Earlier this year, his Alma mater George Washington University inducted him into their School of Business Sports Executives Hall of Fame. At his induction he told fans that he wanted to win another championship, and that the team would not ever move so as long as he owned the team. "I've contracted a very rare disease, but it's not going to keep me from winning a championship. Until then I'm not going to quit, and I'm going to do whatever I can to win a championship for this town, for me, and for the fans."

Leonsis, his longtime business partner, is expected to take ownership of the Wizards and Washington Sports & Entertainment Company as agreed upon by the two men several years ago. Fans of the team are relieved at this thought, and expect the Wizards to be in the area for many more years to come.

All Abe Pollin wanted was for his teams to win. He did not own the Wizards for the money he made alone. He was a competitor, and it showed by his actions both with the team and community. Most of the fans of the team, especially the older ones who had been along with Abe on the fun journey, knew this.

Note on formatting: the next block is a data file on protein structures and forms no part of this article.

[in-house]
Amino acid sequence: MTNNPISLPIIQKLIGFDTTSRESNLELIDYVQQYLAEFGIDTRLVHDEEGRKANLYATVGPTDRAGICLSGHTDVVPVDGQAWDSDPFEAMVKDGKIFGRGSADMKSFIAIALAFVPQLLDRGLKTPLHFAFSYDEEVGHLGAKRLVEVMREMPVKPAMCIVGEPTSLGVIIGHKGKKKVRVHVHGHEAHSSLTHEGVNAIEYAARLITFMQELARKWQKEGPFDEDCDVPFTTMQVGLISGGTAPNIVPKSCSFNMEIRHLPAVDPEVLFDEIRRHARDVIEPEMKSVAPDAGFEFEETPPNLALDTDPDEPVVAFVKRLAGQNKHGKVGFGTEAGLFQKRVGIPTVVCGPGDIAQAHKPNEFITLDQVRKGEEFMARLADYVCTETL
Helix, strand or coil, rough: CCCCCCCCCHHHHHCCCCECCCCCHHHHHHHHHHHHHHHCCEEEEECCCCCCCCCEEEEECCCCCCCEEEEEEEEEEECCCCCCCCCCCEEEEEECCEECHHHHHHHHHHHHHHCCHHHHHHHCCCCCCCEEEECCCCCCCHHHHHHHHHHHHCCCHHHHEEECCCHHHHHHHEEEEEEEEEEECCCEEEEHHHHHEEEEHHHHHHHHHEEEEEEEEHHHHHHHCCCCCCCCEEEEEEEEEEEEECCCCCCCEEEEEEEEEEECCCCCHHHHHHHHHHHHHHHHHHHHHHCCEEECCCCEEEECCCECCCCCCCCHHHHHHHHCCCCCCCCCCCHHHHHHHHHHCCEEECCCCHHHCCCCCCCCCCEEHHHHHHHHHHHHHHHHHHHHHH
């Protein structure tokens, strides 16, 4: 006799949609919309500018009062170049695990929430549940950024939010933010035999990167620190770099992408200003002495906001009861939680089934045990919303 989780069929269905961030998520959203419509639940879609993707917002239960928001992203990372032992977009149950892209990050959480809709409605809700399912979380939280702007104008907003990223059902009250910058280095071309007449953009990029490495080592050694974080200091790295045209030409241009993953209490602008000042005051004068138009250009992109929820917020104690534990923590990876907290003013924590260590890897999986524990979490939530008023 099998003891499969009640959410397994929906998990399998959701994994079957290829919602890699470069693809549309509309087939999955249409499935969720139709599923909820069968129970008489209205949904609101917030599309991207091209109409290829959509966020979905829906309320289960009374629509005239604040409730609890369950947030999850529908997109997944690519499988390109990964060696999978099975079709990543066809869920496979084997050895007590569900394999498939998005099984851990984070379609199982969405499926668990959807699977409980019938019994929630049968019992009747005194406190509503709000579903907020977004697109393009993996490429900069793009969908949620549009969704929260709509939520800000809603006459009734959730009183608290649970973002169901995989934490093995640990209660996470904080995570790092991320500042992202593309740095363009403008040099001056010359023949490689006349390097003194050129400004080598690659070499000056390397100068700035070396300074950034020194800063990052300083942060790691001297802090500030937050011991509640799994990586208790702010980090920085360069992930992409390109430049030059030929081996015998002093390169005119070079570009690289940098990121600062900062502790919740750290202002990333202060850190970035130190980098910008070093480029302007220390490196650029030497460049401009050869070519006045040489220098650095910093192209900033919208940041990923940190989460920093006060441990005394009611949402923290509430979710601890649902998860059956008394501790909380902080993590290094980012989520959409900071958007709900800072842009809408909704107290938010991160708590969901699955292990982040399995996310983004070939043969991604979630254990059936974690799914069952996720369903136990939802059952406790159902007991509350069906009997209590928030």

As a life long fan of the team myself, I hope the Wizards rally and win a championship for him this season. Pollin would want them to win it all for the town, fans, and themselves first. As the Wizards would play with a heavy heart tonight against the 76ers, they showed a lot of energy and brotherhood in their hard fought 108 - 107 victory despite being short handed due to injuries.

They did for Abe. As team captain Antawn Jamison said, "It is tough. I love him. He had a lot of faith in me, and I am just trying to walk in the shoes he expected me to wear. It won't be the same without him with his pumping us up and wanting us to do our best. He loved the game of basketball, but is in a better place now. He saw us win tonight."

The real winners were us for having been blessed to have known and to have lived alongside him. Thank you Abe Pollin. Rest In Peace.